CDHS Recognizes Five Adoptive Families

Denver (November 4, 2017)—Reggie Bicha, executive director of the Colorado Department of Human Services (CDHS), recognized today five families who have adopted from Colorado’s foster care system as part of National Adoption Month.

Nearly 100 people attended the luncheon celebration at the Governor’s Mansion. Participating families from several Colorado counties were honored for their dedication to Colorado’s kids. The families are featured in a series of videos unveiled at the event to inspire Coloradans to consider fostering and adopting in Colorado.

“Touching the life of a child in need is one of the most important and fulfilling things we can do,” said Reggie Bicha, executive director of CDHS. “These families have done an incredible thing by opening their homes and hearts to some of Colorado’s most vulnerable citizens. Our kids are our future, and these five families are a great example of the role models we want helping to shape our future through compassion and care.”

The families honored included:

  • April and Earl Camp Sr. from Craig
  • Amy and Jessica Kobylinski from Colorado Springs
  • Anita and Jeff Nobles from Denver
  • Himon Robles from Pueblo
  • Amber and Maurice Taylor from Peyton

(Continue reading this release for more information about these families.)
There are 276 children and teens in foster care statewide who are waiting for adoptive homes. Colorado social services agencies need additional foster homes, particularly families who are willing to care for children with special needs, sibling groups and older youth.

Last year, there were 877 adoptions through the foster care system in Colorado. The day an adoption is finalized is one a family will never forget. So far in 2017, 652 adoptions have been finalized.

To learn more and watch a short video about each family visit www.CO4Kids.org.

Camp Family

For 18 years, April and Earl Camp Sr. have been foster parents in Craig. In that time, they have fostered countless children and adopted one child, their 9-year-old daughter, Lucy. April and Earl agree that adoption is a lifelong journey for everyone in their family. Lucy is thriving in their home, and their sons, Earl Jr. (22) and Joshua (37), are proud older brothers. For support on this journey, the Camps turn to the Moffat County Department of Social Services, doctors and specialists across the state, and their own families. April and Earl continue to foster children and teens, and they plan to adopt again if they foster a child who is unable to return to their biological parents and needs a home.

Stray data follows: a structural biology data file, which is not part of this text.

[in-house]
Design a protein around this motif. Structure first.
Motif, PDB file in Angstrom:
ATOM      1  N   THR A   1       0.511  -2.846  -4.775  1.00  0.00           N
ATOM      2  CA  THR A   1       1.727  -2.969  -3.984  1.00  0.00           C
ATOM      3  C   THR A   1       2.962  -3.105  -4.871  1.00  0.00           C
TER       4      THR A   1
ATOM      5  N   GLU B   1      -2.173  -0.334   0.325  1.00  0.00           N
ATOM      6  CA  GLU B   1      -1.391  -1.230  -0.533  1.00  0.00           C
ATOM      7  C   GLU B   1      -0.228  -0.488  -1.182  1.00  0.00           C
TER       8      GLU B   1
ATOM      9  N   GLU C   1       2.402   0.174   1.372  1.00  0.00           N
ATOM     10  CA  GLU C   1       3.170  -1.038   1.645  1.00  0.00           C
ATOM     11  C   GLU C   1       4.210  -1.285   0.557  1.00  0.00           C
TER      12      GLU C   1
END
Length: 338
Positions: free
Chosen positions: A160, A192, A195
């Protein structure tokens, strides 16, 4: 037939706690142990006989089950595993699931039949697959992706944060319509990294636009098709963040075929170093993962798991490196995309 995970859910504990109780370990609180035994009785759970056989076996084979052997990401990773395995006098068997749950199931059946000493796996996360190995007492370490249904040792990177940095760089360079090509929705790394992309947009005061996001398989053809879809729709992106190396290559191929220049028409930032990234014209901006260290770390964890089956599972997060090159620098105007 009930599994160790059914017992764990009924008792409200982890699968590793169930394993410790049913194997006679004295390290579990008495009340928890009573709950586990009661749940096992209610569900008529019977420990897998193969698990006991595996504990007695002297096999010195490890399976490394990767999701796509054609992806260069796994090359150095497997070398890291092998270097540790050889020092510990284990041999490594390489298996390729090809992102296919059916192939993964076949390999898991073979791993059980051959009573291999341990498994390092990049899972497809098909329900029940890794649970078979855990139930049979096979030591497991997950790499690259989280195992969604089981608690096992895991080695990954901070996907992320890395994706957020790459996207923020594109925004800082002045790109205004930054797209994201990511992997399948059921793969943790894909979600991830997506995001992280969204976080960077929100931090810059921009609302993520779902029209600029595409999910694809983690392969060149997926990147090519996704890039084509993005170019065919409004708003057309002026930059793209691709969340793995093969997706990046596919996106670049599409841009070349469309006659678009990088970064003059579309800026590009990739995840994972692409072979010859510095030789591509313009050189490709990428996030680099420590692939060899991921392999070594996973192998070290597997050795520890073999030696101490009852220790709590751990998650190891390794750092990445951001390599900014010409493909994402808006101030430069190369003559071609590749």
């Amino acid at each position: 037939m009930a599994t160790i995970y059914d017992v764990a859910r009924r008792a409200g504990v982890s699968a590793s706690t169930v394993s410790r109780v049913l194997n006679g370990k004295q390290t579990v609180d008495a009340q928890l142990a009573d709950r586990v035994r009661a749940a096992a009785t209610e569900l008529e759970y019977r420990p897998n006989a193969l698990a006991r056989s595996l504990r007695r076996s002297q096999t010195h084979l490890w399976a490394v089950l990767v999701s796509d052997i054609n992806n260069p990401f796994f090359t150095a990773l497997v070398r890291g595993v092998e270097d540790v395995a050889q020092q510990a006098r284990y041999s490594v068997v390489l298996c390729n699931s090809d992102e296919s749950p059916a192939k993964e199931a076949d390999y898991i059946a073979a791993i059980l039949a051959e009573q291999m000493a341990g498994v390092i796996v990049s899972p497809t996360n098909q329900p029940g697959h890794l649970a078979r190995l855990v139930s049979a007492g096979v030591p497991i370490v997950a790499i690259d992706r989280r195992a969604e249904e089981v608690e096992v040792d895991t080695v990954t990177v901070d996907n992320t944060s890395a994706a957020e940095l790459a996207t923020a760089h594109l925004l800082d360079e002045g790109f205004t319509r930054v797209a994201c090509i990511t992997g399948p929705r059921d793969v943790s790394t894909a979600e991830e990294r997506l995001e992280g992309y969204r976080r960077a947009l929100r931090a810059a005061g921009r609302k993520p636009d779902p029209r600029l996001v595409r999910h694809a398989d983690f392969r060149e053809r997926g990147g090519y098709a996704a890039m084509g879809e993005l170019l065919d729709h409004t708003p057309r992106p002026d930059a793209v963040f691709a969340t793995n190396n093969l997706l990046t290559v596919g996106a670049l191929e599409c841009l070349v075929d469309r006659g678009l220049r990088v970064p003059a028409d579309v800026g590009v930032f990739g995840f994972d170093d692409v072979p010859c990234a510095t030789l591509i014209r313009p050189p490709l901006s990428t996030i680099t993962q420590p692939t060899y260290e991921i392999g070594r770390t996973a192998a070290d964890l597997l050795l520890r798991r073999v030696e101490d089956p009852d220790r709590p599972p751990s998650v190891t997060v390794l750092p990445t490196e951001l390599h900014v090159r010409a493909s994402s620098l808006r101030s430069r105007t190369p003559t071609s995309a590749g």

Kobylinski Family

Amy and Jessica Kobylinski had already started the process to become foster-to-adopt parents when they read about a Colorado Heart Gallery display at a library in Colorado Springs. This article prompted the couple to contact The Adoption Exchange, where they told an LGBTQ staff advocate about their desire to adopt a teenager. Almost immediately, the couple were interested in adopting Diamond, 17, but it wasn’t until several months later that they were able to meet Diamond in person. Immediately, the three felt like a family, and Diamond’s adoption was finalized in October 2017. Amy and Jessica are committed to giving Diamond acceptance and unconditional love, and they say Diamond gives them that in return.

Nobles Family

Anita and Jeff Nobles were married for 15 years before they grew their family by adopting siblings Imani, 3, and Tyson, 2. Parenting two toddlers is a challenge. Anita and Jeff say that getting through the day and putting the kids to bed at night is a little victory. For the Nobles, parenting is all about trial and error and thinking creatively in order to ensure their children feel safe and have stability. Anita created a visual schedule for the kids to help them recognize family members and adapt to a consistent routine. They have also relied on the support of their family, faith and community throughout the adoption process.

Robles Family

Himon Robles was a 32-year-old bachelor when his two nieces and nephew moved into his home. Going from an uncle to a parent was an adjustment for Himon and the kids, who were used to their uncle spoiling them and giving them everything they wanted. After caring for the kids for two years, Himon and the kids - Mikayla, 15, Anastaysha, 8, and Joseph, 5 - jumped at the opportunity for adoption. Even though they were already a family, adoption gave them all permanency and peace of mind.

Taylor Family

Maurice and Amber Taylor’s adult children had already left the house when the couple decided to adopt three of their foster children: Max, 9, Tatiana, 8, and Keri, 7. For Maurice, adoption runs in the family – his parents also adopted and he saw firsthand how having a family can change a young person’s life forever. Maurice and Amber continue to foster to provide a safe, loving home for children in Colorado’s foster care system. Maurice and Amber want to let other people know that you don’t have to be perfect to adopt. Kids don’t care about what you have; they just want to be loved.

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